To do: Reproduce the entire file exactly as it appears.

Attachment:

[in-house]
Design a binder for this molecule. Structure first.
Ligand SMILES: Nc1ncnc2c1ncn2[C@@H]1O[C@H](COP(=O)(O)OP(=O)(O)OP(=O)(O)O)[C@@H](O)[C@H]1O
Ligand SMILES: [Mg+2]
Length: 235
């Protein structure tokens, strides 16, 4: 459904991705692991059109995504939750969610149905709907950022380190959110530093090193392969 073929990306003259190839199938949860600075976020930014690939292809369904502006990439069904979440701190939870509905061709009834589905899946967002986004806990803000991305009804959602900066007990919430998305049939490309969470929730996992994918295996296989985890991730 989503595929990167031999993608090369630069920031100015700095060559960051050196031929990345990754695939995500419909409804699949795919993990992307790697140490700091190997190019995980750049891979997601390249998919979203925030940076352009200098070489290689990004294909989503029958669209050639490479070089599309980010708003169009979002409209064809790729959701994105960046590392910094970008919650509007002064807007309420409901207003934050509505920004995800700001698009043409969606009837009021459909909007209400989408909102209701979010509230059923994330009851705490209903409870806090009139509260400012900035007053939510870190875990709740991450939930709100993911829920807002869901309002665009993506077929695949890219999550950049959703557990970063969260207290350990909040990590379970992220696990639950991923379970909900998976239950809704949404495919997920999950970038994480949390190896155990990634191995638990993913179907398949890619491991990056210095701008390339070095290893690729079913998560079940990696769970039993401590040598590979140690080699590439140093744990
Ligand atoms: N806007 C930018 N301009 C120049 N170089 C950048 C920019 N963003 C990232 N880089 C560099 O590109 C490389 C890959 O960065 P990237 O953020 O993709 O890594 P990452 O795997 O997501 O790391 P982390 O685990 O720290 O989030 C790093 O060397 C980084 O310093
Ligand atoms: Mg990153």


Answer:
[in-house]
Design a binder for this molecule. Structure first.
Ligand SMILES: Nc1ncnc2c1ncn2[C@@H]1O[C@H](COP(=O)(O)OP(=O)(O)OP(=O)(O)O)[C@@H](O)[C@H]1O
Ligand SMILES: [Mg+2]
Length: 235
């Protein structure tokens, strides 16, 4: 459904991705692991059109995504939750969610149905709907950022380190959110530093090193392969 073929990306003259190839199938949860600075976020930014690939292809369904502006990439069904979440701190939870509905061709009834589905899946967002986004806990803000991305009804959602900066007990919430998305049939490309969470929730996992994918295996296989985890991730 989503595929990167031999993608090369630069920031100015700095060559960051050196031929990345990754695939995500419909409804699949795919993990992307790697140490700091190997190019995980750049891979997601390249998919979203925030940076352009200098070489290689990004294909989503029958669209050639490479070089599309980010708003169009979002409209064809790729959701994105960046590392910094970008919650509007002064807007309420409901207003934050509505920004995800700001698009043409969606009837009021459909909007209400989408909102209701979010509230059923994330009851705490209903409870806090009139509260400012900035007053939510870190875990709740991450939930709100993911829920807002869901309002665009993506077929695949890219999550950049959703557990970063969260207290350990909040990590379970992220696990639950991923379970909900998976239950809704949404495919997920999950970038994480949390190896155990990634191995638990993913179907398949890619491991990056210095701008390339070095290893690729079913998560079940990696769970039993401590040598590979140690080699590439140093744990
Ligand atoms: N806007 C930018 N301009 C120049 N170089 C950048 C920019 N963003 C990232 N880089 C560099 O590109 C490389 C890959 O960065 P990237 O953020 O993709 O890594 P990452 O795997 O997501 O790391 P982390 O685990 O720290 O989030 C790093 O060397 C980084 O310093
Ligand atoms: Mg990153």